Research Symposium brings together Vector community to celebrate student and postdoc work

April 13, 2022

2022 Blog Insights News Research Research 2022

By Ian Gormely

April 13, 2022

The Vector Institute once again held its annual Research Symposium, showcasing the latest leading-edge research coming out of the Vector community. The annual event brings together Vector’s community of over 600 researchers, including some of the world-greatest minds in AI, to share their insights. 

Vector’s research symposium is notable because it features a lot of student and postdoc work,” says interim research director Graham Taylor. “With long timelines and the freedom to be curious, this kind of academic research can take larger risks that have the potential to pay off in big ways.” 

He points to former postgraduate affiliate Patricia Thaine who presented her poster “Vec2int: Applications of the Chinese Remainder Theorem in Word Embedding Compression and Arithmetic,” at Vector’s Natural Language Processing Symposium in 2020. That research was the basis for her Toronto-based startup Private AI. 

This year’s event included talks by Vector Faculty including Angela Schoellig and Juan Felipe Carrasquilla and poster presentations from members of Vector’s community of over 600 researchers. Faculty members who attended this year’s two-day event were impressed by the research results that showcased the range of ways that AI could help improve society. 

Vector researchers enjoy academic freedom to pursue any potential line of inquiry, though that work is often focused on addressing fundamental questions in AI, particularly in health care, sequential decision making, generative models, machine learning, AI theory, and security, privacy, and fairness. Their work has the potential to deepen our understanding of AI, lead to applications that improve industry and quality of life, and push forward the field of responsible AI.

“Learning to Elect,” was a particular highlight for many. Co-authored by Vector PhD students Cem Anil and  Xuchan Bao, the paper details how a neural network could be used to discover the most suitable voting rules for a given situation. “The paper came from a project for the amazing course “Algorithms for Collective Decision Making” taught by Vector Faculty Affiliate Nisarg Shah,” says Bao. Voting is often used in the hope of maximizing some notion of social welfare, but voting rules don’t always match up with this goal.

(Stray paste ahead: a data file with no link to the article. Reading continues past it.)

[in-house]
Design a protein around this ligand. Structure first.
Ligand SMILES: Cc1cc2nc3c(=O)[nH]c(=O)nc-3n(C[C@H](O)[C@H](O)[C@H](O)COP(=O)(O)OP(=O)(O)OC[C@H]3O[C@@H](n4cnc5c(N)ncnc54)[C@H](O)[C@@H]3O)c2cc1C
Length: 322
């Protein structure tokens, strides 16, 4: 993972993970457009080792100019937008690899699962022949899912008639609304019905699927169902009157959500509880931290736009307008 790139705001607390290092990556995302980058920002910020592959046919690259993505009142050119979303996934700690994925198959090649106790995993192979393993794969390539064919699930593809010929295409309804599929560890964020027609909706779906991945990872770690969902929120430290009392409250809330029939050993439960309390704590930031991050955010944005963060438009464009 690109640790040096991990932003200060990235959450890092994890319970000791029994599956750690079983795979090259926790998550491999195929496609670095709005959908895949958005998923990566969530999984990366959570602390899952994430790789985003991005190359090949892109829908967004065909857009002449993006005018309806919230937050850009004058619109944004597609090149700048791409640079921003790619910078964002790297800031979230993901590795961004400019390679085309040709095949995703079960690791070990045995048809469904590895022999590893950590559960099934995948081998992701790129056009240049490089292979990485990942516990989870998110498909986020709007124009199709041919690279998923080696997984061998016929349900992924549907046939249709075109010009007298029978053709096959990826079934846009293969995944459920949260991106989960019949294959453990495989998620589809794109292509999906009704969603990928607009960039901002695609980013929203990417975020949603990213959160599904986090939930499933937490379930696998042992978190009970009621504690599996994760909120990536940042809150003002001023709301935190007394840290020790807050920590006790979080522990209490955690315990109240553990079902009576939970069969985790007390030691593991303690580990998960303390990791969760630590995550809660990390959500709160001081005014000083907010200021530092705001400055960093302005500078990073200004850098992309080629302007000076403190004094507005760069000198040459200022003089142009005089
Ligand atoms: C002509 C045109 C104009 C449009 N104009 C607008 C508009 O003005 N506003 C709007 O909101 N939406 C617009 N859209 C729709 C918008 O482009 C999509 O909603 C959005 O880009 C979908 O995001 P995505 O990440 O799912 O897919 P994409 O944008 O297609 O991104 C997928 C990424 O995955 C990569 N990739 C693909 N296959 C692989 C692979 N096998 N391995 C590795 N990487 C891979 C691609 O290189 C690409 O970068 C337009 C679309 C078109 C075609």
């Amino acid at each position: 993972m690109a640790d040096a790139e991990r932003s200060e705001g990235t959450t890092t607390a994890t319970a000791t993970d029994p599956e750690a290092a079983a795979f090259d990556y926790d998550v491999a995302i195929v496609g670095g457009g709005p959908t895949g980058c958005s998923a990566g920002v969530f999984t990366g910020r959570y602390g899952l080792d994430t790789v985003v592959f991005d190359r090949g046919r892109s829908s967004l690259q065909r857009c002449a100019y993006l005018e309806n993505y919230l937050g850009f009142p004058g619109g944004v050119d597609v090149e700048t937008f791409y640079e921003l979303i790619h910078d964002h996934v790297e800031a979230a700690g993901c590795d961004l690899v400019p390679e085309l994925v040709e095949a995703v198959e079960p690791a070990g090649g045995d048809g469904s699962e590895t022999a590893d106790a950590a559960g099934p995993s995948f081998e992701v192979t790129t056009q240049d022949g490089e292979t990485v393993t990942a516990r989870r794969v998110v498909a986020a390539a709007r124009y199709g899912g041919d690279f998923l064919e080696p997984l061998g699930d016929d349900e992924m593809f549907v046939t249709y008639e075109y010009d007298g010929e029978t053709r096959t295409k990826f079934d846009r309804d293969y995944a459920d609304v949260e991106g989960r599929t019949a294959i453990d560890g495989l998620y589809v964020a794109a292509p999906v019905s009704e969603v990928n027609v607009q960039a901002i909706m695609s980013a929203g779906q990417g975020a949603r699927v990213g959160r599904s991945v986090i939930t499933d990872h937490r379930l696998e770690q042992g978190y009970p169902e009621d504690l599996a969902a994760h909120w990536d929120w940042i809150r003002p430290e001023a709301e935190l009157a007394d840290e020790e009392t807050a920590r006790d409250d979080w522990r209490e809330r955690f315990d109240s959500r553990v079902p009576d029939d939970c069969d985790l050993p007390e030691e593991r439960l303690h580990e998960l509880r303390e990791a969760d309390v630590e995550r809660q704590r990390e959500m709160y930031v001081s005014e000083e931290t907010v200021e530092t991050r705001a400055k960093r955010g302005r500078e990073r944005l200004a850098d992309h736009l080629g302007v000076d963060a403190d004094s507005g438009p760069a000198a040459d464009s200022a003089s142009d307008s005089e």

“As a learning task, it’s very beautiful and potentially very useful for society,” says Juan Felipe Carrasquilla, a Vector Faculty member. “You can imagine applying it to many different things, not just elections.” 

Taylor also highlighted Parand Alizaadeh, Toryn Klassen, Rodrigo Toro Icarte, and Sheila McIlraith’s paper “Avoiding Negative Side Effects by Considering Others” in which a reinforcement learning agent was given the ability to consider the impact of its actions on the wellbeing and agency of others in the environment, like other humans. 

Both Taylor and Carrasquilla underscored the important role events like the Research Symposium play in community building. “Given the early-stage nature of a lot of the research, this is a point at which you may have questions or suggestions as a poster visitor and the person at the poster says, ‘Thank you for that suggestion, I am excited to try it out,’” says Taylor. Bao notes that they received “very fruitful feedback” on their paper at the Symposium.

“Especially with the pandemic, we’re so isolated,” says Carrasquilla. “It brings us together through research and can spark collaborations for future projects.”

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